From the guide to the James D. Phelan Papers, 1855-1941, (bulk 1906-1930), (The Bancroft Library.)

Biography

James Duval Phelan was born in San Francisco, April 20, 1861, and was intimately associated throughout the greater part of his life with the political, business and cultural history of the city. His father, James Phelan, was an Irish immigrant who came to California in the gold rush and made a fortune in trade, banking, insurance, and real estate. Young Phelan attended San Francisco schools, was graduated from St. Ignatius College in 1881 and studied law at the University of California. After graduation he traveled abroad for a year and a half, studying municipal governments and writing articles on his observations for various magazines and San Francisco newspapers. Influenced by his father, he gave up his early aspirations to become a lawyer or a writer and turned to a business career, first as his father's partner, and then, in 1892, as his successor in the banking business and as manager of the considerable estate which he had inherited.

Politics quickly claimed Phelan's attention, and he became actively involved in the battle for civic reform. In the mid-nineties San Francisco was one of the most notoriously boss-ridden, corrupt cities in the country. The reform Democrats, in 1896, nominated Phelan for the office of mayor. With virtually no previous political experience, campaigning for an end to corruption and for home rule and civic service reform, he was elected, and twice re-elected. He successfully led the campaign for the adoption of a new city charter, despite the opposition of the party machines, and worked for municipal ownership of public utilities, public improvements, and beautification of the city. He concluded his term of office in 1902 and refused to run a fourth time.

The San Francisco fire of 1906 called Phelan back into public service. He was chosen president of the Relief and Red Cross Funds, a corporation, and it was to him, personally, that President Theodore Roosevelt sent the $10,000,000 collected for the relief of the fire sufferers. He took an active part, too, with Rudolph Spreckels and Fremont Older, in the graft prosecutions that followed the fire.

In 1912 he actively campaigned for Woodrow Wilson, and in 1914, he entered the race for the U.S. Senate on the Democratic ticket. He won and became the first California Democrat to sit in the Senate since 1897. Before he entered office he was sent on a diplomatic mission to Santo Domingo by the State Department, under authority form President Woodrow Wilson, to investigate charges of unfitness for office brought against the U.S. minister to the Dominican Republic. In 1920 Phelan ran for reelection but was defeated in the Harding landslide. He did not completely retire from political life, however. Serving as one of the California delegates to the 1924 Democratic national convention, he placed William G. McAdoo's name in nomination for the presidency of the United States, and he contributed frequently to the Democratic Party coffers.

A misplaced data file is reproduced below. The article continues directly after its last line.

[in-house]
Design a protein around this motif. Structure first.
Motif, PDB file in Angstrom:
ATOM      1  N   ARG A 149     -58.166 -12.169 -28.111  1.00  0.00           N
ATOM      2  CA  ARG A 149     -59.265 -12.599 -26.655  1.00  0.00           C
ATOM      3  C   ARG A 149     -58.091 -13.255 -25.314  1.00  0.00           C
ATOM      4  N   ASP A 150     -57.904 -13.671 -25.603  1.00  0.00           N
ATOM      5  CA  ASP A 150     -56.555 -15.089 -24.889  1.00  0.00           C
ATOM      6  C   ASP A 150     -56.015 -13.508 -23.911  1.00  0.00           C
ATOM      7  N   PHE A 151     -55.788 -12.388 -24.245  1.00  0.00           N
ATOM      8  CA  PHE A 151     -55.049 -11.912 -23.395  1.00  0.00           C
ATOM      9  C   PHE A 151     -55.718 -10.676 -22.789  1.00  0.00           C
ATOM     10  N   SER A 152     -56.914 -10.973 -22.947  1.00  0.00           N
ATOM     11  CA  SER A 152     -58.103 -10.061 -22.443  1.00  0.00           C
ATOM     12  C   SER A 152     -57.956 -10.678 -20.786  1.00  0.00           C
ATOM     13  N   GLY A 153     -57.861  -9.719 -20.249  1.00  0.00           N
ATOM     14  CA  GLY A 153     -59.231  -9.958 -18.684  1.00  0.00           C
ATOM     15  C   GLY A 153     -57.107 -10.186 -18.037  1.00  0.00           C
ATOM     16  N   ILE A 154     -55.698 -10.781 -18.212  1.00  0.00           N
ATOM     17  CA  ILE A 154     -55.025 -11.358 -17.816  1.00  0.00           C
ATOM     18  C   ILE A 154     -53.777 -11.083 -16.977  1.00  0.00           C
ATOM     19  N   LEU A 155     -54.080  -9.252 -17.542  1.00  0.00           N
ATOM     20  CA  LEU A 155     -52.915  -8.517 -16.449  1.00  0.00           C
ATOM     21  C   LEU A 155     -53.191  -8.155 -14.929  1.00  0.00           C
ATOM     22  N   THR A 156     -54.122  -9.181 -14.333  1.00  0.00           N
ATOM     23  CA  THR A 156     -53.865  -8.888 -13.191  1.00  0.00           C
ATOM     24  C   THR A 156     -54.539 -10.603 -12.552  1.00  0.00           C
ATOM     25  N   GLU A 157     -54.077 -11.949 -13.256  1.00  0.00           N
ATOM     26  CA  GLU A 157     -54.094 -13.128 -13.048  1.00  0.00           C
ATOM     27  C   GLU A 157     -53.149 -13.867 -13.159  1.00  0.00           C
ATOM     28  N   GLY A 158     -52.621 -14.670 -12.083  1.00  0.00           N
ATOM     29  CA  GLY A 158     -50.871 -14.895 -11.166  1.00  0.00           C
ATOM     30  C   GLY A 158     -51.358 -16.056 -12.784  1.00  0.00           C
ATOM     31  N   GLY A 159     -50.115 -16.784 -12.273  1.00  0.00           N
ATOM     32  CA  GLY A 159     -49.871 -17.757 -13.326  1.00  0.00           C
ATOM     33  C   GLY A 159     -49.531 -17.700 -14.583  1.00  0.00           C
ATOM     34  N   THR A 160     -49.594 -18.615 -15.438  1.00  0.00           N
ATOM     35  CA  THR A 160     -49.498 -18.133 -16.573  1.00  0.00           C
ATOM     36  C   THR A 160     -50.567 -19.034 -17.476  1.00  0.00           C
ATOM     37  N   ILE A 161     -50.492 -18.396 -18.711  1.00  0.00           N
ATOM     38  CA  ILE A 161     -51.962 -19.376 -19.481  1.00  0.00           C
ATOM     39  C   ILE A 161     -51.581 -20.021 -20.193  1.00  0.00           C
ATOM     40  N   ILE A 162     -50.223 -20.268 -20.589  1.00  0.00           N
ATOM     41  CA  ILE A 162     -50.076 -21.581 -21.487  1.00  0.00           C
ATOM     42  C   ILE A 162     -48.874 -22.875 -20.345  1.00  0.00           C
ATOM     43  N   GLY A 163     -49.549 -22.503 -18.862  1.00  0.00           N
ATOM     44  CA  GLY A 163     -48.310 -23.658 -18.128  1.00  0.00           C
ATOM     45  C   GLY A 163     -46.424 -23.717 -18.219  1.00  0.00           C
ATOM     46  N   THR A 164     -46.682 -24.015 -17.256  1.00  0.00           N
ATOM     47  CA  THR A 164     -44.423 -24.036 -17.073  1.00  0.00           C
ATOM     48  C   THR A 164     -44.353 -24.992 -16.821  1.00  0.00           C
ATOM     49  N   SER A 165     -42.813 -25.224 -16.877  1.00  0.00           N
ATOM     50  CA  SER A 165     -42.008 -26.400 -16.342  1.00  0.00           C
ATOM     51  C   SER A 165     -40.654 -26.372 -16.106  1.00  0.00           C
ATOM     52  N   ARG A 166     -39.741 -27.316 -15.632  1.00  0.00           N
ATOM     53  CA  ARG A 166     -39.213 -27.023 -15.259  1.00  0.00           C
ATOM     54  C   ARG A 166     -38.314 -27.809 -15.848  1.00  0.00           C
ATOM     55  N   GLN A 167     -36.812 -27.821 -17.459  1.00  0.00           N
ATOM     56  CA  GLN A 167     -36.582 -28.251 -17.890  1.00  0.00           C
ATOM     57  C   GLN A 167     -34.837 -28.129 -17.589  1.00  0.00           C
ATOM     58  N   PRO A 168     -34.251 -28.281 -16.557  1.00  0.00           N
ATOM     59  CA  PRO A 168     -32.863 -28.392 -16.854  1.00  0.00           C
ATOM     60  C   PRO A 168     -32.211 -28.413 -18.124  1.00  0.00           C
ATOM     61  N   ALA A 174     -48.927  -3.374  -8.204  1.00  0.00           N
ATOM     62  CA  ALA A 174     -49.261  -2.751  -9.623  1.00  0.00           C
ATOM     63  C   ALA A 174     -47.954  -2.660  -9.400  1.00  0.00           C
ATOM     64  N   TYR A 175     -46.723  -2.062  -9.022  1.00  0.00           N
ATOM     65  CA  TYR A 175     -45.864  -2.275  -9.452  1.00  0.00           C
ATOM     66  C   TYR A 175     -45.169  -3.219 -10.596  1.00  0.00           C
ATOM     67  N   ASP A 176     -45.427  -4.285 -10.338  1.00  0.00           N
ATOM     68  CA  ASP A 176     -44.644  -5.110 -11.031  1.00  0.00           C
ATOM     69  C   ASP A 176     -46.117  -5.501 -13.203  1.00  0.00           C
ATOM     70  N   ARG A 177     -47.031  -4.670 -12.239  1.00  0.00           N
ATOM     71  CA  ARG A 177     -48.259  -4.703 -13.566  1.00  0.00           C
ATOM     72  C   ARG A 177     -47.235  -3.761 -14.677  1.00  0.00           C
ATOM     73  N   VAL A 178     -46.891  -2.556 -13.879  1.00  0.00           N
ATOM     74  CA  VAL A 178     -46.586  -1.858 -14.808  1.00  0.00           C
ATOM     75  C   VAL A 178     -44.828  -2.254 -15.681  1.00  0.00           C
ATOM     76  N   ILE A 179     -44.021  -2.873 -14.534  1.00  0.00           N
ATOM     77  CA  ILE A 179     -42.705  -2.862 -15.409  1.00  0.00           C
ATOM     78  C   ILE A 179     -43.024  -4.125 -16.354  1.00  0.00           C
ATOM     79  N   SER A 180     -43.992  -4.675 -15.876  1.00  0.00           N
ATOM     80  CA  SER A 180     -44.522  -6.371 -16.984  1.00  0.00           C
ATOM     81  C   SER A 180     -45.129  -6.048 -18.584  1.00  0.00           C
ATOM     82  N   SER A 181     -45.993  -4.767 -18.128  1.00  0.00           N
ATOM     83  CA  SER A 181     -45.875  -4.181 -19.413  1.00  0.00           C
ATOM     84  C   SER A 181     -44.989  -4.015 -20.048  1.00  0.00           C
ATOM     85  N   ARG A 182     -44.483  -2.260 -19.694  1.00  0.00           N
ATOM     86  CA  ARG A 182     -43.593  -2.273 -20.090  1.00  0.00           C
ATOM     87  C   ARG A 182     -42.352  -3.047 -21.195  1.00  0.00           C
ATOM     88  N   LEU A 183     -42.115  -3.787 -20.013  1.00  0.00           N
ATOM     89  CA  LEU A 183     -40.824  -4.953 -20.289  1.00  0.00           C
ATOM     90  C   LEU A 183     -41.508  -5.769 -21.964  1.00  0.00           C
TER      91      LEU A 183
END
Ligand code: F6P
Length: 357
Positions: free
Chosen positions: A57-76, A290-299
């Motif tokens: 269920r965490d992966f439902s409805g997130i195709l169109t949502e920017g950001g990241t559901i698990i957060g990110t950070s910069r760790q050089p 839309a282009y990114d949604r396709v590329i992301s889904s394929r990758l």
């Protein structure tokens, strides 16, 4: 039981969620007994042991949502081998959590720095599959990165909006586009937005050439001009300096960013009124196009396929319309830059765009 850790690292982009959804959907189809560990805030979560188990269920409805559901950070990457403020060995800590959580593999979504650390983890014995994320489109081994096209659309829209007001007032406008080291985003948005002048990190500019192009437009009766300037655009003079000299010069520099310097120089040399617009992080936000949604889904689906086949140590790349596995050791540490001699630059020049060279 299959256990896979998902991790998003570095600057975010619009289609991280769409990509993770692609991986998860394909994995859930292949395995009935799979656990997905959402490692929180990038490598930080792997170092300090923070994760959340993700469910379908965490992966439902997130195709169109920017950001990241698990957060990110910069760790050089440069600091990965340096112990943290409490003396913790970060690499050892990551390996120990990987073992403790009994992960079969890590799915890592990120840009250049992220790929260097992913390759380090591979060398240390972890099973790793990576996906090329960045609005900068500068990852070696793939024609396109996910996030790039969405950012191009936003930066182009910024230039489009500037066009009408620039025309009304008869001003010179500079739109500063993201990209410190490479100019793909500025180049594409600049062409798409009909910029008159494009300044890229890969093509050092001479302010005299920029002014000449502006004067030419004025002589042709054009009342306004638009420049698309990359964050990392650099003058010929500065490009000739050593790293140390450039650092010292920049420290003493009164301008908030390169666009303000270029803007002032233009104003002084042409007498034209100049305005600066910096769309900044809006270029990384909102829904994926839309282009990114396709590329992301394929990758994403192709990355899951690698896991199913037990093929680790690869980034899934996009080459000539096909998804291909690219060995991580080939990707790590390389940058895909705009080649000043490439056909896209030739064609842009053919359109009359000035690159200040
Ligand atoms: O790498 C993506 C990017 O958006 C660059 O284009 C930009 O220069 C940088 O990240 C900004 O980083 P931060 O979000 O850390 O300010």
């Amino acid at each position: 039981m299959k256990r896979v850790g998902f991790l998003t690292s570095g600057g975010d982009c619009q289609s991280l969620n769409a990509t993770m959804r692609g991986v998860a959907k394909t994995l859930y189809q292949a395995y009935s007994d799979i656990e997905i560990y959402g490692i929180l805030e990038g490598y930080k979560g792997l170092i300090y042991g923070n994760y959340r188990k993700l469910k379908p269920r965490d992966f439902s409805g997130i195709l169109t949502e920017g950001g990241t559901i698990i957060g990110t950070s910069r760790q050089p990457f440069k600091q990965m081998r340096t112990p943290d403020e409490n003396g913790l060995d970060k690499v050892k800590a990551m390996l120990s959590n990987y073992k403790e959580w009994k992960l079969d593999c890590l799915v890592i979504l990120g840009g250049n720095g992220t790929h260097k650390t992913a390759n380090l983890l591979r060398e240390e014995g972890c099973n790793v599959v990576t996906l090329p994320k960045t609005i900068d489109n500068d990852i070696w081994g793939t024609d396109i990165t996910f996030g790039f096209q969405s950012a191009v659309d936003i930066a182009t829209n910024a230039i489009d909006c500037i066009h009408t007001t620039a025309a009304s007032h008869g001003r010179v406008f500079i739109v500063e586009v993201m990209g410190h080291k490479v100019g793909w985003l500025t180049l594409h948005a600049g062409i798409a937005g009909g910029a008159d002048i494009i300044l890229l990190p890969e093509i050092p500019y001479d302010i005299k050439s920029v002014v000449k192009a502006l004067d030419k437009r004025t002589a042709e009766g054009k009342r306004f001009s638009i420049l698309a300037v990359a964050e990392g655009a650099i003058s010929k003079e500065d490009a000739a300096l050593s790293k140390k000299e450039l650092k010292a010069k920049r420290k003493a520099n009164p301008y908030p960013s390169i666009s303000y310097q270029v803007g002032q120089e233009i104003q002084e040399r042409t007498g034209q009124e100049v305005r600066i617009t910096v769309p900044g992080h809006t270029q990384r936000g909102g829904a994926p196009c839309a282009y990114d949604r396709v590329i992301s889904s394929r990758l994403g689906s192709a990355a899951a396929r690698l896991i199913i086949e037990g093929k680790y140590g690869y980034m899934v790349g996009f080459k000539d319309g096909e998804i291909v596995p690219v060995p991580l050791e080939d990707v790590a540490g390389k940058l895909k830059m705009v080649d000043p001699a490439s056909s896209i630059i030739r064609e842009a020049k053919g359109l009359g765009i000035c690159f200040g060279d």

After leaving the Senate, Phelan returned to San Francisco and devoted time largely to his business enterprises and to civic betterment work. Well known as a patron of the arts, he generously helped artists and writers and served as California's unofficial host, entertaining distinguished celebrities at his spacious country estate, Villa Montalvo, in the Santa Clara Valley, near Saratoga. He traveled extensively, too, and contributed frequently to magazines, writing on a wide range of topics. In 1923 he published Travel and Comment, an account of this trip around the world in 1921-22.

As one of San Francisco's most prominent citizens, Phelan was signally honored on many occasions. He served as vice president of the California Commission to the Chicago Exposition, 1893; regent of the University of California; trustee of the San Francisco Public Library; president of the Adornment Association; president of the Art Association; president of the Playground Commission; thrice president of the Bohemian Club; and president of the Hall Association of the Native Sons of the Golden West.

Phelan never married, though he attempted to propose once. The floor of the hack in which he was kneeling gave way, and left him chasing after the hack while the young woman sat inside and laughed. He was humiliated, and the young woman, whose name is unknown, left for Europe from the Ferry Building in San Francisco, apparently either turning down Phelan, or never getting to hear the proposal.

Phelan died at his estate, Villa Montalvo, on August 7, 1930, after an illness of three months.

From the guide to the James D. Phelan Photograph Albums, 1902-1929, (The Bancroft Library. University of California, Berkeley.)

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Subjects:

  • Mayors--California--San Francisco
  • Legislators--California
  • Civic leaders--Correspondence

Occupations:

not available for this record

Places:

  • California (as recorded)